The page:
If you’re like me, you’re probably banking on 2016 to be the year for your writing. You’re hoping to get something published, something accepted for publication, or even just get something query-worthy and start sending it out.
So here’s how to prepare yourself for what’s to come in 2016 because, let’s be honest, we don’t know what 2016 is going to bring.
1. Set a goal.
I haven’t really decided what stage of my writing I want to be in by the end of 2016. I think I want George Florence to be completely edited and start querying it out to agents and/or publishers by the end of December 2016.
I also want to submit short pieces to contests and magazines.
I have a few manuscripts completed that aren’t edited yet so I’m wondering if I should edit those and post them somewhere whether it’s Wattpad or I self-publish it. I have to go through all my options.
2. Figure out what to work on.
Think about what stage you’re on in each of your writing pieces. First draft, second, final? Querying, searching for beta-readers?
Then you get think about your goals. Which pieces can be sent to a contest? Which pieces can be seen by agents?
I would say focus on three pieces max. For me, I’ll be focused on my mystery novel, George Florence, short works for contests and magazines submissions, and I might work on another novel. There’s a particular manuscript that I wrote and fully completed for Camp NaNoWriMo a few years ago. For some reason that novel has been popping back up in my head. I guess I’ve let it sit for too long.
3. Find a daily routine.
I set aside an hour each day to get some work done. It’s tough when you have a full-time job and, in my case, a few part-time jobs on the side as well, so an hour is all you need. Sometimes it’s all you can get.
I spend Monday, Tuesday, Wednesday, and Saturday getting any writing, editing, or outlining done. Thursday, Friday, and Sunday are blog days.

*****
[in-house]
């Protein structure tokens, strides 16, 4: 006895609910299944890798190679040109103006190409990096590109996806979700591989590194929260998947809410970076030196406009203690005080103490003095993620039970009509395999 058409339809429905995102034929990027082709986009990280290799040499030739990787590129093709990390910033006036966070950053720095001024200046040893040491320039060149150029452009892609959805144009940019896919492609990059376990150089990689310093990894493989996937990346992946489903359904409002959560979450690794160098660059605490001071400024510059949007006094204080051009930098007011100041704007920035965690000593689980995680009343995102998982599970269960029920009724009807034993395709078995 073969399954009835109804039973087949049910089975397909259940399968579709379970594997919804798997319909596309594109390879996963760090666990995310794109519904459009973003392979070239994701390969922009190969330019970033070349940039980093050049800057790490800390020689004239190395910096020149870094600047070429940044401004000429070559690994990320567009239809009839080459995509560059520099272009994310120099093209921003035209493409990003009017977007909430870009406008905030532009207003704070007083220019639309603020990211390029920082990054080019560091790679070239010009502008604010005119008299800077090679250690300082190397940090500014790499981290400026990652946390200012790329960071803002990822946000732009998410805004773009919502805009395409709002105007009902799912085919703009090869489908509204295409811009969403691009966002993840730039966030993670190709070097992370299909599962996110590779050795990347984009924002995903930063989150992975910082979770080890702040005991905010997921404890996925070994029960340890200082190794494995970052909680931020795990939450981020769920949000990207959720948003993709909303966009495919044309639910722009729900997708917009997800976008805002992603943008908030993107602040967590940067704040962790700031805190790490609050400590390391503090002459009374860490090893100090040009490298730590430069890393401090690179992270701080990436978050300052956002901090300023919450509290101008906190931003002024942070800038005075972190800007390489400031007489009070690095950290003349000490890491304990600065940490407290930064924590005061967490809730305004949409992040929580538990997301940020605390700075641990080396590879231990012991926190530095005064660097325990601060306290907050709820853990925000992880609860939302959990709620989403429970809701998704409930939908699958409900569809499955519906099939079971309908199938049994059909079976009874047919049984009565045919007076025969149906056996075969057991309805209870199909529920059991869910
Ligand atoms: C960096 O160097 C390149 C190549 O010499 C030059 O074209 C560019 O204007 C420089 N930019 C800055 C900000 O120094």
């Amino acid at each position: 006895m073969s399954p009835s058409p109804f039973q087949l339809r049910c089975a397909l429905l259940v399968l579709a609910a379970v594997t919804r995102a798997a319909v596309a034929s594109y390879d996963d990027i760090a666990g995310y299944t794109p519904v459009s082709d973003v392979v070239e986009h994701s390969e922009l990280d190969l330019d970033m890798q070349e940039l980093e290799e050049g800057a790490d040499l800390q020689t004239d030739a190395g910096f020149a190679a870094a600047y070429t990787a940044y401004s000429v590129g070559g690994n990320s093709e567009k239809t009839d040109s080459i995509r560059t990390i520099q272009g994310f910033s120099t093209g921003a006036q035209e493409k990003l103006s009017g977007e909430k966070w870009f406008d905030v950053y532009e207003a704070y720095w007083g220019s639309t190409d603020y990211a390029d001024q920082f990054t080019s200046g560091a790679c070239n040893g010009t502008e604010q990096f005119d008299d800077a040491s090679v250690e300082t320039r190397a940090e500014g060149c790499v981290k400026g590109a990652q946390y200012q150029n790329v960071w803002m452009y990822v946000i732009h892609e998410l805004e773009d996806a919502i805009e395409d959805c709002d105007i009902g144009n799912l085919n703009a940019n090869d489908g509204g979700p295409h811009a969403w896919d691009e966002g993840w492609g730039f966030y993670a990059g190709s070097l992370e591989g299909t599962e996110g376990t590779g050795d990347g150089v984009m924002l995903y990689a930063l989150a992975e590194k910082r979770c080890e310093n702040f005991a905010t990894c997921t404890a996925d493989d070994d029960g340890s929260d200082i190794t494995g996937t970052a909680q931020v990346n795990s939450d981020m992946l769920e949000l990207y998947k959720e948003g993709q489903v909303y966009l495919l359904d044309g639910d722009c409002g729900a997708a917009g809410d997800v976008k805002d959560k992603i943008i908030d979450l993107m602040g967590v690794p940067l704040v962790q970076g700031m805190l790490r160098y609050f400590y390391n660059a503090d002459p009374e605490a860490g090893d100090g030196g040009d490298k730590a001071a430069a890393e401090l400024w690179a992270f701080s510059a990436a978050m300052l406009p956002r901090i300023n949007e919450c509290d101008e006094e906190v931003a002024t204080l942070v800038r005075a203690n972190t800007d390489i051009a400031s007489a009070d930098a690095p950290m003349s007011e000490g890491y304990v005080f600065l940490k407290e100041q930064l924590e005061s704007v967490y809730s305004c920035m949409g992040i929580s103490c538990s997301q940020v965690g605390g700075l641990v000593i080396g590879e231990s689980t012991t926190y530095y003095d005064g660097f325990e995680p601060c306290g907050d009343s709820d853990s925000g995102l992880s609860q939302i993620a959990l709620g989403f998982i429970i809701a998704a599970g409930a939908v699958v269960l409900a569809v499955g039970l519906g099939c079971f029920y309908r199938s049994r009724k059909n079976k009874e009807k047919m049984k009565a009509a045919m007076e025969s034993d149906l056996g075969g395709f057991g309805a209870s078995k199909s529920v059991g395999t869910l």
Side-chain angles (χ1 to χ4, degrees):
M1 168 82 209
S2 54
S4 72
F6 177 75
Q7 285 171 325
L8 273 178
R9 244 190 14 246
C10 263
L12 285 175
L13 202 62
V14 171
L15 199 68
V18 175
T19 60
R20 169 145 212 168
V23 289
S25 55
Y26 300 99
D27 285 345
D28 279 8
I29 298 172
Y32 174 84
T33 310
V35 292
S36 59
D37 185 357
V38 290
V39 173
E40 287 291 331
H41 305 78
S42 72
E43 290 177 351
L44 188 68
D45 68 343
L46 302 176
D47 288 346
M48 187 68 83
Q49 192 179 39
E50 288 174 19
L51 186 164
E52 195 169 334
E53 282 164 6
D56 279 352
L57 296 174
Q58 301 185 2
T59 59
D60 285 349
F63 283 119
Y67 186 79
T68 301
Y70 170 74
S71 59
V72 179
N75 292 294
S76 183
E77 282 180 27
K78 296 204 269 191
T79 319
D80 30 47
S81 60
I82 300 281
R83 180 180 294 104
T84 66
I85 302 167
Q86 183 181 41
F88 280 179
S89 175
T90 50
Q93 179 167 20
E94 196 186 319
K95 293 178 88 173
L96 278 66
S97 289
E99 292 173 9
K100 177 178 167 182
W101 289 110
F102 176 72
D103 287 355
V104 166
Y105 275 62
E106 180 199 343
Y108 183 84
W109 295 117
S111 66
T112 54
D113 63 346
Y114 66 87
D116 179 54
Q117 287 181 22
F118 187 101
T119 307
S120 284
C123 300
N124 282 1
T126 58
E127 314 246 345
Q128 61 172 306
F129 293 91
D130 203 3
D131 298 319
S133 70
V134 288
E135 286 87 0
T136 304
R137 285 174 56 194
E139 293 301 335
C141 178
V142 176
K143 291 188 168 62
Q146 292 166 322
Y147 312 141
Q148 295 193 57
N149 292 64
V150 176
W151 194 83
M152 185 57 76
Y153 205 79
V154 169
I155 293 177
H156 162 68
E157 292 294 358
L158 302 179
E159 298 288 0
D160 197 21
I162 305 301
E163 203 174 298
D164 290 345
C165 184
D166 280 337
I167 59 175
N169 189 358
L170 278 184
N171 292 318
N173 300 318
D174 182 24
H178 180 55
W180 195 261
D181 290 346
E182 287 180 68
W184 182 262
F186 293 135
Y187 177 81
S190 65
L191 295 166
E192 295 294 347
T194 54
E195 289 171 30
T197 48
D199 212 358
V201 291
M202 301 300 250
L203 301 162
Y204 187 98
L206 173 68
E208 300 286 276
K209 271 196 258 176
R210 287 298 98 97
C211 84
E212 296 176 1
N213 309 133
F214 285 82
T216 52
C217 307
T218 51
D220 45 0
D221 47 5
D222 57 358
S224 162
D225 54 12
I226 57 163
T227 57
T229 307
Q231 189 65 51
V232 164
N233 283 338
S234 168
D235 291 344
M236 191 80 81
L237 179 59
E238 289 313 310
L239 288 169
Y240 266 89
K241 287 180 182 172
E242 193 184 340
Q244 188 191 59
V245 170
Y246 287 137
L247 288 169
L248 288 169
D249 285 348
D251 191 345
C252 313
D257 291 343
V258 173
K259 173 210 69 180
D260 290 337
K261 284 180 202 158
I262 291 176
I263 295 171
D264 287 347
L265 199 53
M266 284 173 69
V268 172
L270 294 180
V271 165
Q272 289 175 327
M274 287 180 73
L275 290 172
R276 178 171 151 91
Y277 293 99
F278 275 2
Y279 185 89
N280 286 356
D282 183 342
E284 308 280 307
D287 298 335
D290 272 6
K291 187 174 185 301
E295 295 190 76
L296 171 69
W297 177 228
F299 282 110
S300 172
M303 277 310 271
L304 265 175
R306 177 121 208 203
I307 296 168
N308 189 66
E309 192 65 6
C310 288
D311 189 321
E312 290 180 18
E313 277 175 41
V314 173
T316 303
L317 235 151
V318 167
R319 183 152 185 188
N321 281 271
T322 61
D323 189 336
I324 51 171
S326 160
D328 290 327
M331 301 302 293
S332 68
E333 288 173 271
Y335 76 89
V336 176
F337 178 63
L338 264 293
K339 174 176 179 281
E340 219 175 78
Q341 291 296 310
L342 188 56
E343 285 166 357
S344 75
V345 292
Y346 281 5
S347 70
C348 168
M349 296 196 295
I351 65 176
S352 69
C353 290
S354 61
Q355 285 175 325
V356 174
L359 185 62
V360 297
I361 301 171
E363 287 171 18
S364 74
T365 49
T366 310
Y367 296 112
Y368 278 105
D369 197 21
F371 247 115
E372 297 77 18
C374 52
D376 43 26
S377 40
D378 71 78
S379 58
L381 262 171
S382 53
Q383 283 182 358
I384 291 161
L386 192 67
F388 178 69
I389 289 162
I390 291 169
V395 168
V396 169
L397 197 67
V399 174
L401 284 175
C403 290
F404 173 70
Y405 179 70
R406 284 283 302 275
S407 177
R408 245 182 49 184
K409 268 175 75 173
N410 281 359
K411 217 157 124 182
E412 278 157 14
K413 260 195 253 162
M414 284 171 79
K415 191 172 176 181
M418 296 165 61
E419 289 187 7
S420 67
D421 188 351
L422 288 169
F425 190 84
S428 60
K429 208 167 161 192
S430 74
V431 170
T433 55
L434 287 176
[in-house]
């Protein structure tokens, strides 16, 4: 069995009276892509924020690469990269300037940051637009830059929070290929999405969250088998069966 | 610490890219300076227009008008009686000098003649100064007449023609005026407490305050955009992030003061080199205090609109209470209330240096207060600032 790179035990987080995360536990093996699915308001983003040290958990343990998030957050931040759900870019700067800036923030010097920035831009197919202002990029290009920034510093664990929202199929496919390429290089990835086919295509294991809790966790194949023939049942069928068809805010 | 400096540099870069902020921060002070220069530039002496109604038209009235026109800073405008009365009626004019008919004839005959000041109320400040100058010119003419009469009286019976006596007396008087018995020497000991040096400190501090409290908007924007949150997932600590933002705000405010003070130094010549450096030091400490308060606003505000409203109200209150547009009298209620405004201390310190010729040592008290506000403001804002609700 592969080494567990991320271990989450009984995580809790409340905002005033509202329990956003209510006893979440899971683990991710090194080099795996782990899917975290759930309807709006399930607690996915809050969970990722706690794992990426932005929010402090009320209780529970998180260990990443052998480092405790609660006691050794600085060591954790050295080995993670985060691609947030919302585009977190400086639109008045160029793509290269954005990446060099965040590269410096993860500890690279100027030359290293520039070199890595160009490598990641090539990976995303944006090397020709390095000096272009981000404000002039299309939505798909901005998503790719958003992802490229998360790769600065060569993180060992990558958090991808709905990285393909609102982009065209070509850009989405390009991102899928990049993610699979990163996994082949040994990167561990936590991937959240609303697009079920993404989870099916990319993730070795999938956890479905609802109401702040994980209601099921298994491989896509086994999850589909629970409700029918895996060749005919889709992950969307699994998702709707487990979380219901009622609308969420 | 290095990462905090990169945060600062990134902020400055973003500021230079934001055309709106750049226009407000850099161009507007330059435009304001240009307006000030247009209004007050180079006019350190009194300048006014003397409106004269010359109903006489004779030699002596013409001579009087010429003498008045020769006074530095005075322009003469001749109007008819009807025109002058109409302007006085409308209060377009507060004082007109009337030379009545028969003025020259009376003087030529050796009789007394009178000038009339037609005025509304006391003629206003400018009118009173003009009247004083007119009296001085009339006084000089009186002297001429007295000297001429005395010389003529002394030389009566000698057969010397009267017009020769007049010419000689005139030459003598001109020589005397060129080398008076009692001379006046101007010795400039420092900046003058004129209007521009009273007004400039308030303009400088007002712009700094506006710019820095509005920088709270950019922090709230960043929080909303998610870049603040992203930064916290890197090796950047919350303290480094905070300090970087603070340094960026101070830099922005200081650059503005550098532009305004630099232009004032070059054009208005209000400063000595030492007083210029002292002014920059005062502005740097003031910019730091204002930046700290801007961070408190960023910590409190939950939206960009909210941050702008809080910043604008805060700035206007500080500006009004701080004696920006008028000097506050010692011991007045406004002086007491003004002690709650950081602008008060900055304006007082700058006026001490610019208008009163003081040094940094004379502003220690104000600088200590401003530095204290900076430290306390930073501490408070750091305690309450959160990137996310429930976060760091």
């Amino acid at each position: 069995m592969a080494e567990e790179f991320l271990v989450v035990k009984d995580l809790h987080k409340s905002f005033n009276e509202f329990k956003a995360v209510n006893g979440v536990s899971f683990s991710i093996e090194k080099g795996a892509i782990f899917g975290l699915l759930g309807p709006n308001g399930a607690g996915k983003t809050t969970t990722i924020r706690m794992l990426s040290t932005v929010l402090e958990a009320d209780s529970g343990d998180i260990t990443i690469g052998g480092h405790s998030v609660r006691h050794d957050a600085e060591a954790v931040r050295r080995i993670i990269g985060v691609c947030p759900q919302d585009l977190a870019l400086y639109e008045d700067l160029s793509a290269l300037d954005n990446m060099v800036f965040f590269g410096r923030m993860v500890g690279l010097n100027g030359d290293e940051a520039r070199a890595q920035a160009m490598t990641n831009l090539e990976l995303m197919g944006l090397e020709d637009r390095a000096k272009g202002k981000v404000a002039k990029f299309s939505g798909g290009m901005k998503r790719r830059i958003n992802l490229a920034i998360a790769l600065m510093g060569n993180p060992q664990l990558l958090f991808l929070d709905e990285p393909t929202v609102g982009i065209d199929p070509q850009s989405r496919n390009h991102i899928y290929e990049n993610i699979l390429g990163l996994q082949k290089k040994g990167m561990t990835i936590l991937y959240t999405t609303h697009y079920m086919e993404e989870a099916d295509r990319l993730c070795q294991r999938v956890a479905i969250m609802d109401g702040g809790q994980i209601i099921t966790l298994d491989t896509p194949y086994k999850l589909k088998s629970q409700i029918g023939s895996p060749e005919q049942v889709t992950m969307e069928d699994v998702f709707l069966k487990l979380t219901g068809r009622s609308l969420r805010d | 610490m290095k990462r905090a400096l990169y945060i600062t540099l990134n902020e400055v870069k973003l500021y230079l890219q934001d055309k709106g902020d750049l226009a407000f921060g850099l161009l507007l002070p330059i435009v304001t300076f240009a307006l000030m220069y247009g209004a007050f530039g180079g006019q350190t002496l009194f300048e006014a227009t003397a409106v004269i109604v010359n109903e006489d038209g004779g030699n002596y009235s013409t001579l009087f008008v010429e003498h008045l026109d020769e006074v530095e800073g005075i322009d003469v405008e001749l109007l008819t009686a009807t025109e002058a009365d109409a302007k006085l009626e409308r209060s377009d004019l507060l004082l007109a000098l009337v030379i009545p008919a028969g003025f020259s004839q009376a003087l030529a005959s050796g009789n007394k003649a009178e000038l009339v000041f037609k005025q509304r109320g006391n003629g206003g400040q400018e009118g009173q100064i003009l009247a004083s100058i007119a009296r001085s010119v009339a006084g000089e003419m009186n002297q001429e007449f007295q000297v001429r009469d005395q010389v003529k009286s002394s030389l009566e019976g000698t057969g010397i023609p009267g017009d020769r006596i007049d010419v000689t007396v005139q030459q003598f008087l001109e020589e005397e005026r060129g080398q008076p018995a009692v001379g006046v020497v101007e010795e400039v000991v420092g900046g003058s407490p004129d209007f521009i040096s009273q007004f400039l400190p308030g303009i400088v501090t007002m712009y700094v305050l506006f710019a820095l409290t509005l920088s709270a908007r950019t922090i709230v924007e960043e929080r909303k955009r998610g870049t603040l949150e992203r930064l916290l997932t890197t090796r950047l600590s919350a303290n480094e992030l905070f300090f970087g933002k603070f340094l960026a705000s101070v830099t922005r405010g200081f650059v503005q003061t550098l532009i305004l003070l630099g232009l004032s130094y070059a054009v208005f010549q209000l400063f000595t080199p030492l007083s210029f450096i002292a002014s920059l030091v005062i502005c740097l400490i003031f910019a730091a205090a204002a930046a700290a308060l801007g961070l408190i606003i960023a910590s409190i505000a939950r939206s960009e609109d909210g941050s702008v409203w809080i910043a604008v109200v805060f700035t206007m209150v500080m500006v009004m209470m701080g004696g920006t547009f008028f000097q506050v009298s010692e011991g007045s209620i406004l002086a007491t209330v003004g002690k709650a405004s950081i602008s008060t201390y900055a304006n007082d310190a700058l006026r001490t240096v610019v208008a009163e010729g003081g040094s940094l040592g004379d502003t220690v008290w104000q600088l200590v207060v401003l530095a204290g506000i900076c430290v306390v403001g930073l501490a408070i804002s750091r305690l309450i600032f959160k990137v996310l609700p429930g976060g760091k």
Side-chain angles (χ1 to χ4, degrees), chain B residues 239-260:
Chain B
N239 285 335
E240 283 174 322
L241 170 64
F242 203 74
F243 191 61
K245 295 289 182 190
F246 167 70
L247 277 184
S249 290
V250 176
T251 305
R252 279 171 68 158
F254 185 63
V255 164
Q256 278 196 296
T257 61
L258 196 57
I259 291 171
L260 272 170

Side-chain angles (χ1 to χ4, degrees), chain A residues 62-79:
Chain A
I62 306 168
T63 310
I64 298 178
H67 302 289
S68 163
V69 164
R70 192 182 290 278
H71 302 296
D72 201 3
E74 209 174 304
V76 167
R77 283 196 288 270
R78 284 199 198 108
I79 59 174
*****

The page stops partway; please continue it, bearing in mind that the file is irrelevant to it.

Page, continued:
I don’t think you can write seven days a week. You’re going to need to have a break in there somewhere. The same goes for blogging. Sunday is considered a blogging day for me, but I usually don’t do anything on that day.
On Saturdays I try to work for two hours instead of one. Saturdays are my only free day where I don’t have work, so I try to get a little bit more done. Unless I stall and decide to clean the house.
4. Find a monthly routine.
You can have a daily routine or you can have a monthly routine. I like to have both because it keeps things organized.
I try to treat some months as “NaNo” months whether it’s NaNo time or not. My monthly schedule that I hope to start for real in 2016 is as follows:
January — Edit
February — Write
March — Outline and Edit
April — Write (Camp NaNo)
May — Write and Edit
June — Outline and Edit
July — Write (Camp NaNo)
August — Write and Edit
September — Write
October — Outline and Edit
November — Write (NaNo)
December — Write (Short Story Sunday for next year)
At the beginning of each month I’ll figure out which piece I want to work on for that month. Some months will be multitasking. For example, for May I can work on short pieces for contests and edit George Florence at the same time.
2016 is about a week away. There’s so much to prepare for.
How are you preparing yourself for the new year? What are some of your goals?